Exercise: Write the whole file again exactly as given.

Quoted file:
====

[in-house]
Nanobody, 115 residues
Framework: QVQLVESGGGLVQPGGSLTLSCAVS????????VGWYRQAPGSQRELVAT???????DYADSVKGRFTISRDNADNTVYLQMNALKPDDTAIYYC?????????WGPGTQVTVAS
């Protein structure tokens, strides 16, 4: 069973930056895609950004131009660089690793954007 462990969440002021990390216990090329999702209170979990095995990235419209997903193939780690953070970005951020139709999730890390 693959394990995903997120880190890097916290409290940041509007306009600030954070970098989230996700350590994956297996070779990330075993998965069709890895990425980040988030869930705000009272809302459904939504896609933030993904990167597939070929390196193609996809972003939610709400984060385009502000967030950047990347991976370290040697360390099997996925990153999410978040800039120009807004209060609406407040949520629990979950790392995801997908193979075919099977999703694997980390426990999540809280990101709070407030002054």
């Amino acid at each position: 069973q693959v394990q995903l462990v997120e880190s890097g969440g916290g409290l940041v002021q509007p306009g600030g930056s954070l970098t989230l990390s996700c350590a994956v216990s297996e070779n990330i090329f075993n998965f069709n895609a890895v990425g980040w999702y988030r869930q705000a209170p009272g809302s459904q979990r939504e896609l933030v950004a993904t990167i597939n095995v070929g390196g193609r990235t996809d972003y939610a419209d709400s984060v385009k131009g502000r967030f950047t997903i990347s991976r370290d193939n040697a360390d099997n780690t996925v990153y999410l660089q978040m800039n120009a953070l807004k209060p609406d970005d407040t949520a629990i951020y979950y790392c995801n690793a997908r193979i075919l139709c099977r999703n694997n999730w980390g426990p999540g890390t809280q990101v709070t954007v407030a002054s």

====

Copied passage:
[in-house]
Nanobody, 115 residues
Framework: QVQLVESGGGLVQPGGSLTLSCAVS????????VGWYRQAPGSQRELVAT???????DYADSVKGRFTISRDNADNTVYLQMNALKPDDTAIYYC?????????WGPGTQVTVAS
């Protein structure tokens, strides 16, 4: 069973930056895609950004131009660089690793954007 462990969440002021990390216990090329999702209170979990095995990235419209997903193939780690953070970005951020139709999730890390 693959394990995903997120880190890097916290409290940041509007306009600030954070970098989230996700350590994956297996070779990330075993998965069709890895990425980040988030869930705000009272809302459904939504896609933030993904990167597939070929390196193609996809972003939610709400984060385009502000967030950047990347991976370290040697360390099997996925990153999410978040800039120009807004209060609406407040949520629990979950790392995801997908193979075919099977999703694997980390426990999540809280990101709070407030002054």
């Amino acid at each position: 069973q693959v394990q995903l462990v997120e880190s890097g969440g916290g409290l940041v002021q509007p306009g600030g930056s954070l970098t989230l990390s996700c350590a994956v216990s297996e070779n990330i090329f075993n998965f069709n895609a890895v990425g980040w999702y988030r869930q705000a209170p009272g809302s459904q979990r939504e896609l933030v950004a993904t990167i597939n095995v070929g390196g193609r990235t996809d972003y939610a419209d709400s984060v385009k131009g502000r967030f950047t997903i990347s991976r370290d193939n040697a360390d099997n780690t996925v990153y999410l660089q978040m800039n120009a953070l807004k209060p609406d970005d407040t949520a629990i951020y979950y790392c995801n690793a997908r193979i075919l139709c099977r999703n694997n999730w980390g426990p999540g890390t809280q990101v709070t954007v407030a002054s």